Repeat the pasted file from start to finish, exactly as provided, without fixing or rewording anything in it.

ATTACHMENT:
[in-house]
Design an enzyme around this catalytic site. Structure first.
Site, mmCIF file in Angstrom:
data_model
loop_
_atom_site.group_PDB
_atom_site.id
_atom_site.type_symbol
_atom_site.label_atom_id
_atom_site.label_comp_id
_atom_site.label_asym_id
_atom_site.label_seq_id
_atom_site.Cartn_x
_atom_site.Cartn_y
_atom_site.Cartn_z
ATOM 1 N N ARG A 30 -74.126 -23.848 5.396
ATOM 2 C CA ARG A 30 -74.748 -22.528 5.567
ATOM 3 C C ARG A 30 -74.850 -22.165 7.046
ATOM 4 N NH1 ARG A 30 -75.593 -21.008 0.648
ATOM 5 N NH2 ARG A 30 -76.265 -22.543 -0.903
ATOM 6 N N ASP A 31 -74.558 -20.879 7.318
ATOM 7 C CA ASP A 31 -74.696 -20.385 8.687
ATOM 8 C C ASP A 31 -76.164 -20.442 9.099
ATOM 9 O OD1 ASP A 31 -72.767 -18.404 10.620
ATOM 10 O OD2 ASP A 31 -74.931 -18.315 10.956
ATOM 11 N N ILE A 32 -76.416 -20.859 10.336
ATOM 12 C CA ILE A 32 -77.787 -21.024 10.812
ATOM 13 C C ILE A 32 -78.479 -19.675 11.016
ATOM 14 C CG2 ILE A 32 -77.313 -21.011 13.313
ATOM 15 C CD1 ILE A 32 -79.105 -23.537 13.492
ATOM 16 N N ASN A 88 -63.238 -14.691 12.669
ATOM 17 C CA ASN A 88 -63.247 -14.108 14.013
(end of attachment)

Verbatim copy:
[in-house]
Design an enzyme around this catalytic site. Structure first.
Site, mmCIF file in Angstrom:
data_model
loop_
_atom_site.group_PDB
_atom_site.id
_atom_site.type_symbol
_atom_site.label_atom_id
_atom_site.label_comp_id
_atom_site.label_asym_id
_atom_site.label_seq_id
_atom_site.Cartn_x
_atom_site.Cartn_y
_atom_site.Cartn_z
ATOM 1 N N ARG A 30 -74.126 -23.848 5.396
ATOM 2 C CA ARG A 30 -74.748 -22.528 5.567
ATOM 3 C C ARG A 30 -74.850 -22.165 7.046
ATOM 4 N NH1 ARG A 30 -75.593 -21.008 0.648
ATOM 5 N NH2 ARG A 30 -76.265 -22.543 -0.903
ATOM 6 N N ASP A 31 -74.558 -20.879 7.318
ATOM 7 C CA ASP A 31 -74.696 -20.385 8.687
ATOM 8 C C ASP A 31 -76.164 -20.442 9.099
ATOM 9 O OD1 ASP A 31 -72.767 -18.404 10.620
ATOM 10 O OD2 ASP A 31 -74.931 -18.315 10.956
ATOM 11 N N ILE A 32 -76.416 -20.859 10.336
ATOM 12 C CA ILE A 32 -77.787 -21.024 10.812
ATOM 13 C C ILE A 32 -78.479 -19.675 11.016
ATOM 14 C CG2 ILE A 32 -77.313 -21.011 13.313
ATOM 15 C CD1 ILE A 32 -79.105 -23.537 13.492
ATOM 16 N N ASN A 88 -63.238 -14.691 12.669
ATOM 17 C CA ASN A 88 -63.247 -14.108 14.013